American Icon: Oprah
“The great courageous act that we must all do, is to have the courage to step out of our history and past so that we can live our dreams.” ― Oprah Winfrey
Life isn’t always fair. Not everyone has equal opportunities or a support system they can rely on. However, irrespective of our starting point in life, our destinies depend entirely on us. There’s no excuse for where we end up in life. It’s totally up to us to see to it that we work towards and live our dreams. The past has nothing on us, unless we make the choice to make it relevant to our present lives. Oprah Winfrey’s grass to grace story is a real life inspiration and reminder that we can all make something out of our lives, irrespective of where we start off. What she has developed to become today is a true reflection of the power of possibility and self-belief.
Oprah Winfrey is an American media proprietor, talk show host, actress, producer, and philanthropist. She is best known for her talk show The Oprah Winfrey Show, which was the highest-rated television program of its kind in history and was nationally syndicated from 1986 to 2011 in Chicago, Illinois. Dubbed the "Queen of All Media", she is the richest African-American and North America's first multi-billionaire black person and has been ranked the greatest black philanthropist in American history. Several assessments rank her as the most influential woman in the world. She is credited with creating a more intimate confessional form of media communication and is thought to have popularized and revolutionized the tabloid talk show genre, through which, according to a Yale study, she broke 20th-century taboos and allowed LGBT people to enter the mainstream.
CHILDHOOD, POVERTY, AND SEXUAL ABUSE
Winfrey was born into poverty in rural Mississippi to a teenage single mother and later raised in an inner-city Milwaukee neighborhood. Her birth name was ‘Orpah’ after a famous biblical figure, but people mispronounced it regularly and "Oprah" stuck. After Winfrey's birth, her mother put her under the care of her maternal grandmother, Hattie Mae, who was so poor that Winfrey often wore dresses made of potato sacks, for which the local children made fun of her. Her grandmother taught her to read before the age of three and took her to the local church, where she was nicknamed "The Preacher" for her ability to recite Bible verses.
As a child, she played games interviewing her corncob doll and the crows on the fence of her family's property. Winfrey later acknowledged her grandmother's influence, saying it was Hattie Mae who had encouraged her to speak in public and "gave me a positive sense of myself. She has stated that she was molested during her childhood and early teens and became pregnant at 14; her son died in infancy.
At the age of 17, her mother sent her to live with the man she calls her father, Vernon Winfrey, a barber in Tennessee. There, she landed a job in radio while still in high school and began co-anchoring the local evening news at the age of 19. Her emotional ad-lib delivery eventually got her transferred to the daytime talk show arena, and after boosting a third-rated local Chicago talk show to first place, she launched her own production company, The Oprah Winfrey Show, and became internationally syndicated.
In the early years of The Oprah Winfrey Show, the program was classified as a tabloid talk show. However, in the mid-1990s, Winfrey adopted a less tabloid-oriented format, hosting shows on broader topics such as heart disease, geopolitics, spirituality, and meditation, interviewing celebrities on social issues they were directly involved with, such as cancer, charity work, or substance abuse, and hosting televised giveaways .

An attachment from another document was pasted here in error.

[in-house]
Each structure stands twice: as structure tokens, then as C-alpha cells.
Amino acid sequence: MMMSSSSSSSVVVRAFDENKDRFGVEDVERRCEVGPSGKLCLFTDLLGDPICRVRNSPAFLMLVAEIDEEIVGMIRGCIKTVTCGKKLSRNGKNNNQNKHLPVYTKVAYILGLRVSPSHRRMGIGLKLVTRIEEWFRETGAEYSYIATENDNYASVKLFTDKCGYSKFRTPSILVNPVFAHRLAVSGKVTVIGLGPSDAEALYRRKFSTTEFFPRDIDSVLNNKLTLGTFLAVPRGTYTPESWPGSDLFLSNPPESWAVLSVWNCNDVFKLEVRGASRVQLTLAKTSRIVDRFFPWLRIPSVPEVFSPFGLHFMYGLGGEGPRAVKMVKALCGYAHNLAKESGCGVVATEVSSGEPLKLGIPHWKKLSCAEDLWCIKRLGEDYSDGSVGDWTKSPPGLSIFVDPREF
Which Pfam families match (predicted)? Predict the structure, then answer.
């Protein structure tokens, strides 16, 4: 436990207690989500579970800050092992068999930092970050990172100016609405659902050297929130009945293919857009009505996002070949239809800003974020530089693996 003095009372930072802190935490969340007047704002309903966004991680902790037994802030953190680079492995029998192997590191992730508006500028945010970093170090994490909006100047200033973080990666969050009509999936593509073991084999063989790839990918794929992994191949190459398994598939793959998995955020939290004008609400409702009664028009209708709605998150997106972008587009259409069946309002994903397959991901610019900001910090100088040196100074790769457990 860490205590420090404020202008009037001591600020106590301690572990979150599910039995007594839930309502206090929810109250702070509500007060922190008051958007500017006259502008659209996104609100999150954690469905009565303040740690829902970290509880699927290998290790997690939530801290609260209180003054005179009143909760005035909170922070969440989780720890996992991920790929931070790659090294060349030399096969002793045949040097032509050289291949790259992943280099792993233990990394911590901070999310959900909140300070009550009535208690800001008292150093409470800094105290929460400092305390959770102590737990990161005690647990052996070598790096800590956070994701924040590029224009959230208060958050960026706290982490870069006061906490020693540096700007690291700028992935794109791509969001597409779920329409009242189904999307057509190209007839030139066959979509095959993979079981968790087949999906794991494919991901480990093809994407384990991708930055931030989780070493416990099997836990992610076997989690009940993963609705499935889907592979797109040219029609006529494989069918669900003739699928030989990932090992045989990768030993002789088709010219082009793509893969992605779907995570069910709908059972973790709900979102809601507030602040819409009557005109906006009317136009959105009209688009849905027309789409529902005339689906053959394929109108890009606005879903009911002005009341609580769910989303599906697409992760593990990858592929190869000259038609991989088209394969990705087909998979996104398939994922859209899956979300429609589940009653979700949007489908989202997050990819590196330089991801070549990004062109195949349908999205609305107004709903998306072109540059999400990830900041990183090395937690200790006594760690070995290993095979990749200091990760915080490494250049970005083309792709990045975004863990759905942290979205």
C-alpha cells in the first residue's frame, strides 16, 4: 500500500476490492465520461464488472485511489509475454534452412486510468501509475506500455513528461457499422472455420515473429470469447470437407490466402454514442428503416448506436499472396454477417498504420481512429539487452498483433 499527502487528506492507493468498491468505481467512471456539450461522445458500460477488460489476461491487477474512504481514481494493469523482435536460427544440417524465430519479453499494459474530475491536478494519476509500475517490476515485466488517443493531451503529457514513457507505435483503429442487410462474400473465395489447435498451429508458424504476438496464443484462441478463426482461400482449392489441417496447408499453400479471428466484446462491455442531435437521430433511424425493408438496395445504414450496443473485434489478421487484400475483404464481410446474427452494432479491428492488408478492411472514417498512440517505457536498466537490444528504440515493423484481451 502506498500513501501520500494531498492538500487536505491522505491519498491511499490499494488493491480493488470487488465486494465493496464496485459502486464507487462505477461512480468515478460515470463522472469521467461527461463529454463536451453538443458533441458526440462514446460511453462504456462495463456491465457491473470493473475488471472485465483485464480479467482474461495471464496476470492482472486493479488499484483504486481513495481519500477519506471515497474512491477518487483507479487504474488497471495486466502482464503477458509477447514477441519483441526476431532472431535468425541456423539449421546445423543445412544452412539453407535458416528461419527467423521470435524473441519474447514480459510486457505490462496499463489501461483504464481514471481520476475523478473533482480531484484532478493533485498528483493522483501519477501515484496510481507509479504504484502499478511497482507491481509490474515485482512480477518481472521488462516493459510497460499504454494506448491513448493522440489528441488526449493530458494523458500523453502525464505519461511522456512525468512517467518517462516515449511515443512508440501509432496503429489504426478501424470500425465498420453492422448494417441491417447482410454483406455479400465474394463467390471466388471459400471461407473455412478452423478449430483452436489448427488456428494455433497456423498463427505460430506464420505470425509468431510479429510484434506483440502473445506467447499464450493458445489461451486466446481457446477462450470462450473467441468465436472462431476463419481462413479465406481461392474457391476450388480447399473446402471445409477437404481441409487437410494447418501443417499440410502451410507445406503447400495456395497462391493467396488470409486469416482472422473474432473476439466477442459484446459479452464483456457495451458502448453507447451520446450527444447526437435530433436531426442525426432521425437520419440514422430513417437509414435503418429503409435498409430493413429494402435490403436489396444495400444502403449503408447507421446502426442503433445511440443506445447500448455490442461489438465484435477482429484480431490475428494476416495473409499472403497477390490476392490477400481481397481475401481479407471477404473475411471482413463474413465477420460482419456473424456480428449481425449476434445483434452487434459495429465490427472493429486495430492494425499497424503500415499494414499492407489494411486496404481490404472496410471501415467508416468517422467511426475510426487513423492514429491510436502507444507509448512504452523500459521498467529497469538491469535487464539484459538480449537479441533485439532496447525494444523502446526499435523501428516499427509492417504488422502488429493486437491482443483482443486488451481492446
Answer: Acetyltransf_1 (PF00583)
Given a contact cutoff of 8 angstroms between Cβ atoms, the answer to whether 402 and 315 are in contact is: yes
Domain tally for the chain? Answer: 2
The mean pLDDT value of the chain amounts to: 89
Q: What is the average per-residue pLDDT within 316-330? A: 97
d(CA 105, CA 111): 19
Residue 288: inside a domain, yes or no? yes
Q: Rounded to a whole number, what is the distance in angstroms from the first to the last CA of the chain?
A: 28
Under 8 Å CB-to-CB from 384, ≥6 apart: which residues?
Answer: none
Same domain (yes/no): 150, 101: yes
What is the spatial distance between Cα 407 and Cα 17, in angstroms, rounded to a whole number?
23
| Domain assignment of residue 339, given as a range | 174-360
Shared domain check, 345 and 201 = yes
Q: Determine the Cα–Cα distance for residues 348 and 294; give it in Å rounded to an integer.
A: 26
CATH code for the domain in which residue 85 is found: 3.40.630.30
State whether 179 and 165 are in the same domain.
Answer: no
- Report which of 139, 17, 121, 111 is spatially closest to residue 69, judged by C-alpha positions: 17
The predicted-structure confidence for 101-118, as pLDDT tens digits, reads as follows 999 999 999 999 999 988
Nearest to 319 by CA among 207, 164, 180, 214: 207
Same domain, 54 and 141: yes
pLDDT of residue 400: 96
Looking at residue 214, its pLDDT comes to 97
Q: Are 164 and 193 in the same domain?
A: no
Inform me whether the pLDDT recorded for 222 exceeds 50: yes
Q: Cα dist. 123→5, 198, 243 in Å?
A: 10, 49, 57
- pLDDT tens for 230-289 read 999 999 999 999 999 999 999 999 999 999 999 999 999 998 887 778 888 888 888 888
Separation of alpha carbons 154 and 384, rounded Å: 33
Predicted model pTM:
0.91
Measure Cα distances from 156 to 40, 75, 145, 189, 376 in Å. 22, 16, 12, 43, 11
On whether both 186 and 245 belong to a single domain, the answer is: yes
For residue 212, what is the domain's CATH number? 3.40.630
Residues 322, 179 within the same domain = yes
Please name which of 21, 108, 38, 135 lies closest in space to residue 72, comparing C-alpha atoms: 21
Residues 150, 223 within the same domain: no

In 1993, Winfrey hosted a rare prime-time interview with Michael Jackson, which became the fourth most-watched event in American television history as well as the most watched interview ever, with an audience of 36.5 million. Her fame later intensified when she appeared on the Late Show with David Letterman to promote the new Broadway musical The Color Purple, of which she was a producer. The episode was hailed by some as the "television event of the decade" and helped Letterman attract his largest audience in more than 11 years: 13.45 million viewers.
Winfrey’s became a significant figure in propelling many unknown authors to the top of the bestseller lists and gave pleasure reading a new kind of popular prominence. In 2011, after 25 successful seasons of the Oprah Winfrey Show, Winfrey launched her own TV network, the Oprah Winfrey Network (OWN). The Network has become a success over the years and produced some of the most successful movie productions in history.
Winfrey was called "the world's most powerful woman" by CNN and Time.com, "arguably the most influential woman in the world" by The American Spectator, "one of the 100 people who most influenced the 20th Century" and "one of the most influential people" from 2004 to 2011 by TIME. Winfrey is the only person in the world to have appeared in the latter list on ten occasions.
At the end of the 20th century, Life Magazine listed Winfrey as both the most influential woman and the most influential black person of her generation, and in a cover story profile the magazine called her "America's most powerful woman.
Born in rural poverty, and raised in a poor urban neighborhood, Winfrey stepped out of her past to live her dream life. She is today considered an international sensation and a source of inspiration to many people around the world. Winfrey has, in a large way, made the world a better place for millions of people. Regardless of her disadvantaged background, Oprah has overcome obstacles and become an International Icon!
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